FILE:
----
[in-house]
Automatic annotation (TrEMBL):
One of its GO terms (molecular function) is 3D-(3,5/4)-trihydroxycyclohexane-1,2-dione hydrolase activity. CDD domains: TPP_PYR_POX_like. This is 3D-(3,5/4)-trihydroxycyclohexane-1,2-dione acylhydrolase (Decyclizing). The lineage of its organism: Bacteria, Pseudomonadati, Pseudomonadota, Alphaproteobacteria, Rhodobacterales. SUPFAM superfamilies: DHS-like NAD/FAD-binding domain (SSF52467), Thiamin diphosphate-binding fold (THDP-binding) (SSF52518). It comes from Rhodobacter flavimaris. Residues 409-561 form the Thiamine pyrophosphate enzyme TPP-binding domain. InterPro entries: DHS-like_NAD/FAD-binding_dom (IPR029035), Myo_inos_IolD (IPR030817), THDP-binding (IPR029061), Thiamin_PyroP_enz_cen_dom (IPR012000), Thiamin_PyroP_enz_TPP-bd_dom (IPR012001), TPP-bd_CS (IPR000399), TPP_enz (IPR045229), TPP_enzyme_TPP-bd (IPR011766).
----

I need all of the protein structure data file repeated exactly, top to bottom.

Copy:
[in-house]
Automatic annotation (TrEMBL):
One of its GO terms (molecular function) is 3D-(3,5/4)-trihydroxycyclohexane-1,2-dione hydrolase activity. CDD domains: TPP_PYR_POX_like. This is 3D-(3,5/4)-trihydroxycyclohexane-1,2-dione acylhydrolase (Decyclizing). The lineage of its organism: Bacteria, Pseudomonadati, Pseudomonadota, Alphaproteobacteria, Rhodobacterales. SUPFAM superfamilies: DHS-like NAD/FAD-binding domain (SSF52467), Thiamin diphosphate-binding fold (THDP-binding) (SSF52518). It comes from Rhodobacter flavimaris. Residues 409-561 form the Thiamine pyrophosphate enzyme TPP-binding domain. InterPro entries: DHS-like_NAD/FAD-binding_dom (IPR029035), Myo_inos_IolD (IPR030817), THDP-binding (IPR029061), Thiamin_PyroP_enz_cen_dom (IPR012000), Thiamin_PyroP_enz_TPP-bd_dom (IPR012001), TPP-bd_CS (IPR000399), TPP_enz (IPR045229), TPP_enzyme_TPP-bd (IPR011766).